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Link Found Between Pain and Sleep in Older Adults

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Link Found Between Pain and Sleep in Older Adults
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Link Found Between Pain and Sleep in Older Adults

March 21, 2014

Medical experts have long recognized the importance of sleep in contributing to a person’s overall well-being. Failing to get enough down time can put stress on an individual’s physical as well as mental and emotional health, and new studies work to pinpoint some of the exact side effects of experiencing too little or poor quality sleep. Seniors in particular face issues with restlessness, and could benefit from taking efforts to improve their quality of sleep.

older male sleeping
Sleep important in avoiding pain

According to researchers at Keele University in Staffordshire, England, people who don’t get enough sleep may experience a higher degree of pain than those who rest the recommended number of hours per night. The study included data from more than 4,300 adults who were older than 50 years of age. Approximately 2,700 of them reported feeling some pain before the start of the three-year experiment.

According to the scientists, as age increased, so did the likelihood of a senior citizen experiencing pain, and the sensation typically increased among people who already had physical discomfort going into the study. In looking at other symptoms correlated with pain increase, researchers noted a rise in physical complications such as arthritis, as well as memory issues and anxiety. Patients who said they got less sleep were also more likely to develop or experience higher pain levels than those who rested more hours per day.

“While osteoarthritis is linked to new onset of widespread pain, our findings also found that poor sleep, [memory], and physical and psychological health may increase pain risk,” said Dr. John McBeth, the study’s leader, in a statement.

Responding to pain
The Mayo Clinic advises that the average adult sleep for approximately eight hours per day, although some individuals may need more or less rest depending on both genetic factors and health concerns. Because physical and mental complications become more frequent as a person ages, seniors may be particularly prone to developing pain, even if they rest well at night. McBeth suggested that people take a multifaceted approach in responding to physical complaints that addresses a number of possible instigators.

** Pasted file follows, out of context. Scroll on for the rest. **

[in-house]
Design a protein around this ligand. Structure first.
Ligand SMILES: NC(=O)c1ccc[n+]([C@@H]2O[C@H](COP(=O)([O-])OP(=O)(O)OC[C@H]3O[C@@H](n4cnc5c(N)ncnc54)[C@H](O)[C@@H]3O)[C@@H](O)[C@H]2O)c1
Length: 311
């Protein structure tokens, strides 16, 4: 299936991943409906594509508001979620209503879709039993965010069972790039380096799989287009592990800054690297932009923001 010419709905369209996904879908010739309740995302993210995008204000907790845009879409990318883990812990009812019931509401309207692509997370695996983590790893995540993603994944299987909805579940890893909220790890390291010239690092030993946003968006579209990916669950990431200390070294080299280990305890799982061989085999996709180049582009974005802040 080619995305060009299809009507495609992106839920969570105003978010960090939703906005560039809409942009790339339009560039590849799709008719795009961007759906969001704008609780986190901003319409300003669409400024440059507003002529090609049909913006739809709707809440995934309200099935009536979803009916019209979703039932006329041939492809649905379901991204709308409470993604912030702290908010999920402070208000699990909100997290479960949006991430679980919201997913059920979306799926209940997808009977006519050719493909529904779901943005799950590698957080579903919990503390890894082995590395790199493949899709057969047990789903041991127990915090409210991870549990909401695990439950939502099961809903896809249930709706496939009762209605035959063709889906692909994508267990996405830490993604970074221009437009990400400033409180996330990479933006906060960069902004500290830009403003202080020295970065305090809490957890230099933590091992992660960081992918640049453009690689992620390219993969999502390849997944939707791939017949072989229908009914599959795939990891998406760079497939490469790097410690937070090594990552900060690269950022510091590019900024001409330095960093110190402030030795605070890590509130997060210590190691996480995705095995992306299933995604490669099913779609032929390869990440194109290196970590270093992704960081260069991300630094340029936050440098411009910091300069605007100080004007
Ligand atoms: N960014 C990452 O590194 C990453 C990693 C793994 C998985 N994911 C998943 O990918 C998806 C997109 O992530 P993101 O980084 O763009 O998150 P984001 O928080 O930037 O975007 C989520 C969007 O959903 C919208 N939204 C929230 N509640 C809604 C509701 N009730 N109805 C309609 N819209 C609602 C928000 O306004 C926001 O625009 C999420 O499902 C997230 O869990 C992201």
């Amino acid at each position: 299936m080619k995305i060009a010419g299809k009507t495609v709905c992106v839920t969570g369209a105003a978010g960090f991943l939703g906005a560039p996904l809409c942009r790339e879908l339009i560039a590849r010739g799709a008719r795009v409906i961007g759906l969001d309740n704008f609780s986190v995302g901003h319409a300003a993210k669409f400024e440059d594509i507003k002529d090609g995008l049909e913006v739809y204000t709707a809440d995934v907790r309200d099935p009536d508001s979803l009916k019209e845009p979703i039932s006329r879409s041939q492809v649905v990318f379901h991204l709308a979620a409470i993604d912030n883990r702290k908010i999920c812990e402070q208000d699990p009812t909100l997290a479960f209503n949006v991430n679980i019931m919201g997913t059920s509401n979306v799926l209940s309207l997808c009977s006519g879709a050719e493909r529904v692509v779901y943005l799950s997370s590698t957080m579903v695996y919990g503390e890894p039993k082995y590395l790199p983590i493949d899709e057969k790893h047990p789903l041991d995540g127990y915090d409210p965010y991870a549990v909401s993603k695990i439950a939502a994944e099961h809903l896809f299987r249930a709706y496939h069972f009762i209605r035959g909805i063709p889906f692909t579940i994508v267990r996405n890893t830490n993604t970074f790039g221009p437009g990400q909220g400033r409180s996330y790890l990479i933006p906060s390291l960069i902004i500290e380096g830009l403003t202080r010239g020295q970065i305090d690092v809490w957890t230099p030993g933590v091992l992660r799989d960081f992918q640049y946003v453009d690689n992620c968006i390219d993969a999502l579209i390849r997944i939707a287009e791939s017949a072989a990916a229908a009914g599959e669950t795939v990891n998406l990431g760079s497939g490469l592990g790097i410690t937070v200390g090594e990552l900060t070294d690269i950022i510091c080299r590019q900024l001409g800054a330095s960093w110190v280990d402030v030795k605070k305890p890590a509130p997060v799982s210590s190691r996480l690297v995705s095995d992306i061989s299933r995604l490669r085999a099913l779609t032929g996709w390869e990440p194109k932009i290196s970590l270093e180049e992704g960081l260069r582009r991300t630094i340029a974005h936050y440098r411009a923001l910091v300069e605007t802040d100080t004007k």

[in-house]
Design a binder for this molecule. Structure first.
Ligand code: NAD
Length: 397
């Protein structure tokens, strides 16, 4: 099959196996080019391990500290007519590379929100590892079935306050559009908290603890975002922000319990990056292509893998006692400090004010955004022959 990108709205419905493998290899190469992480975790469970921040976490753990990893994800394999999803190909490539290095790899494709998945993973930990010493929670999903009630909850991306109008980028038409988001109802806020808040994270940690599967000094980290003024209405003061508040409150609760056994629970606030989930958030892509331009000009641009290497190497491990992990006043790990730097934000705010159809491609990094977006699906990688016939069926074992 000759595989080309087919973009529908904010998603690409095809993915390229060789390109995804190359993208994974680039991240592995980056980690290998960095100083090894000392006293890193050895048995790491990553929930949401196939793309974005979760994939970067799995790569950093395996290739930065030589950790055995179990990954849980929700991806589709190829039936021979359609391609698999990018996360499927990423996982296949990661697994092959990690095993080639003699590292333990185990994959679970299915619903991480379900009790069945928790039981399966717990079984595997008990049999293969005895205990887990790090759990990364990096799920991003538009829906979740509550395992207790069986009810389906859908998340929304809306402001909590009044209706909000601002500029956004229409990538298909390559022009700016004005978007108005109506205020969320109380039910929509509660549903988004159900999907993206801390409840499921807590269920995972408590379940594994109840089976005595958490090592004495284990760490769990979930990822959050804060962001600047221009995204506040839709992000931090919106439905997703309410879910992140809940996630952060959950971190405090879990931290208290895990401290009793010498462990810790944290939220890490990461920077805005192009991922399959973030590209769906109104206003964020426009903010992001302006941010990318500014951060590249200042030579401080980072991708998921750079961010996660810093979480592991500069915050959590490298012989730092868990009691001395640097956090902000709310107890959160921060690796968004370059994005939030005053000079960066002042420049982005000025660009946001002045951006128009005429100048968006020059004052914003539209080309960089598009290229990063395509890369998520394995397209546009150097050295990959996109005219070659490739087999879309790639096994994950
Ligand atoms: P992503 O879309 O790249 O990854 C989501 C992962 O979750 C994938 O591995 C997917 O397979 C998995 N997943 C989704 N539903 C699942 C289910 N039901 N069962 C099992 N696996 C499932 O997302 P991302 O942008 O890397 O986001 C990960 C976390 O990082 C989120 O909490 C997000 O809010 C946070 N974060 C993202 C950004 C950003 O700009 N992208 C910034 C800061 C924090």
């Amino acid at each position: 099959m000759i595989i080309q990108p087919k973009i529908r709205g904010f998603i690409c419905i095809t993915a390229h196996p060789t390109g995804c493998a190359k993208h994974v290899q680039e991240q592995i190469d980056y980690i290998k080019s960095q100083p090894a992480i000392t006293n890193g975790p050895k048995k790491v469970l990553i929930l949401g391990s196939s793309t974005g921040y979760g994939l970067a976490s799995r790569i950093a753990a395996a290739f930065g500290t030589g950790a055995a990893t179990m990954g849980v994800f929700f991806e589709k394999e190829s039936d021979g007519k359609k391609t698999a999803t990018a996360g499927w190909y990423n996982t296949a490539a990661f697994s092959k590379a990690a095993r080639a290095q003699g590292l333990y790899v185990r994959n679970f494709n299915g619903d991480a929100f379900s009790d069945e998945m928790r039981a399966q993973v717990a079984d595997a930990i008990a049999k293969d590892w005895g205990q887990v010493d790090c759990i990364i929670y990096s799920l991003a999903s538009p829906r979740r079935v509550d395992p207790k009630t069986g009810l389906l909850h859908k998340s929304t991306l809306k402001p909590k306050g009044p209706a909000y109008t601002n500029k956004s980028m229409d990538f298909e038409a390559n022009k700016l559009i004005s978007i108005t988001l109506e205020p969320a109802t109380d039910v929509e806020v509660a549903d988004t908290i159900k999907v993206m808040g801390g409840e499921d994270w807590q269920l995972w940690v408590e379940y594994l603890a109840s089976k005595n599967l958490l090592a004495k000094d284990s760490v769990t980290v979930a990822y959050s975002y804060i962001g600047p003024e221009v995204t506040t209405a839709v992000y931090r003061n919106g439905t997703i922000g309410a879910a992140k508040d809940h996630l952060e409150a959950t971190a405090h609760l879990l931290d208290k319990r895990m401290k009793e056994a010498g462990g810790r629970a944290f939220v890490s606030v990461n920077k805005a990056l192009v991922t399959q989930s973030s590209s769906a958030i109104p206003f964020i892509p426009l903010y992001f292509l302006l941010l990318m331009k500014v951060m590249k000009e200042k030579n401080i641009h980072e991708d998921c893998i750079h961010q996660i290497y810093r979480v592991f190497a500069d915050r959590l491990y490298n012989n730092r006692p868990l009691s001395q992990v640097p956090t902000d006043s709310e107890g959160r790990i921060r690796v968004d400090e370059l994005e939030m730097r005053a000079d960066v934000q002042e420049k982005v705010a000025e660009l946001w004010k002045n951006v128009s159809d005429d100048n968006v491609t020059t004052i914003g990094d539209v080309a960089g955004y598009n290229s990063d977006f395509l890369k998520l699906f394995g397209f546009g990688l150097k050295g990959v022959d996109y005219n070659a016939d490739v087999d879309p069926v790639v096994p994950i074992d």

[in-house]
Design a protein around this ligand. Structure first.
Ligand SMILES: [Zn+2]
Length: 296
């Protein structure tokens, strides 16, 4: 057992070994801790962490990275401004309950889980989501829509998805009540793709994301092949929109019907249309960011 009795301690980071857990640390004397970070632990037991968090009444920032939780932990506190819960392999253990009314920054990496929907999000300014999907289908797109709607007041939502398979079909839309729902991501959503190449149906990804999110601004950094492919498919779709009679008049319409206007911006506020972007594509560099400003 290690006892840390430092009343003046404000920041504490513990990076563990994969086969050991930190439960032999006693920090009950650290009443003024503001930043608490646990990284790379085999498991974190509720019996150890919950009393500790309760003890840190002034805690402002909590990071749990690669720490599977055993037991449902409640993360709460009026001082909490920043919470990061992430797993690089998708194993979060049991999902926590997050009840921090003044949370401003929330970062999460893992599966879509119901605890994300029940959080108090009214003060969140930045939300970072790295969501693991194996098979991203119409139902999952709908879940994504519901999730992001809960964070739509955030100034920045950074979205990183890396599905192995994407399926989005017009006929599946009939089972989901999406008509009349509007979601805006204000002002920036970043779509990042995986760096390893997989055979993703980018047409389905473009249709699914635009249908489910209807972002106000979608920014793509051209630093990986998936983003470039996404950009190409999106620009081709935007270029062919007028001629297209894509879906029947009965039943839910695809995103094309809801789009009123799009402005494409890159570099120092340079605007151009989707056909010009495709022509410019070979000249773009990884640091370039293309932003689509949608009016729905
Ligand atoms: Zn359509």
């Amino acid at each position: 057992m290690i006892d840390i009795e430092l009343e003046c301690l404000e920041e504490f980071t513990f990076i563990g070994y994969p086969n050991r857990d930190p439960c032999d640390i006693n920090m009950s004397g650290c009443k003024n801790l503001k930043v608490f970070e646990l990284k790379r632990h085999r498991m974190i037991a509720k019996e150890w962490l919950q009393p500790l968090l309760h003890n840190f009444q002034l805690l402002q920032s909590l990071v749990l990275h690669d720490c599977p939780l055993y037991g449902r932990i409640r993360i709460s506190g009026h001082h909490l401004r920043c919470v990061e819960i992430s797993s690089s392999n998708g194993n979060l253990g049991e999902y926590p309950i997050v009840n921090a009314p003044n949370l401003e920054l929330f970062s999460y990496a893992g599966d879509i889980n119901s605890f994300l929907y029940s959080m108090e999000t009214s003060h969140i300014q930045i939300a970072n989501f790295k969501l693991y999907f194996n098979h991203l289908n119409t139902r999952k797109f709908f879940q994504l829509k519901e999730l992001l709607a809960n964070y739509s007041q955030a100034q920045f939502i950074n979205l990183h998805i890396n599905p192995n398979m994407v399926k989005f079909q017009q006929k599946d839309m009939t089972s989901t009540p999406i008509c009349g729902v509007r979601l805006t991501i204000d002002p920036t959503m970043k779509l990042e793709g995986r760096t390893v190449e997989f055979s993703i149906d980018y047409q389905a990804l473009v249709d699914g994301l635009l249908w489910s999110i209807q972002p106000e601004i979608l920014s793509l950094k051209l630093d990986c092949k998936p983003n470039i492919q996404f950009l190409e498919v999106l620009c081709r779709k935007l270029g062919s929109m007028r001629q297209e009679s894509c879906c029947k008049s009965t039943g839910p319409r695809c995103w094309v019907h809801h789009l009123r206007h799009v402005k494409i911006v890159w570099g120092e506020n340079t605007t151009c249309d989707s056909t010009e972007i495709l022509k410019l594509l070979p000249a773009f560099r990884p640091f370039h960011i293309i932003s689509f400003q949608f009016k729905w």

“Combined interventions that treat both site-specific and widespread pain are needed for older adults,” McBeth said in the press release.

People who feel pain in specific areas of the body may benefit from participating in physical therapy that targets certain joints or muscles. They may also look for natural ways to improve the amount or quality of sleep they receive each night.

Increasing and enhancing sleep
Seniors who have trouble with pain may consider taking measures to ensure that they get enough hours of quality sleep per night. Efforts to fall asleep could include listening to soothing music or purchasing a white noise machine, and monitoring conditions such as lighting and temperature in the room.

Seniors may also want to pay attention to minimizing behaviors that could prevent them from feeling drowsy before going to bed. For instance, drinking alcohol or caffeine later in the day, or exercising close to bedtime could make it difficult to fall asleep. Instead, participate in light activity during later hours and consume non-caffeinated beverages as evening approaches. Meditation or reading can also help calm the body and prepare for rest.

Other factors that can affect quality of sleep include medications, diet and medical conditions. Speak with a doctor if you have concerns, as he or she may be able to suggest methods specific to your needs that can help you enjoy longer, more peaceful sleep.

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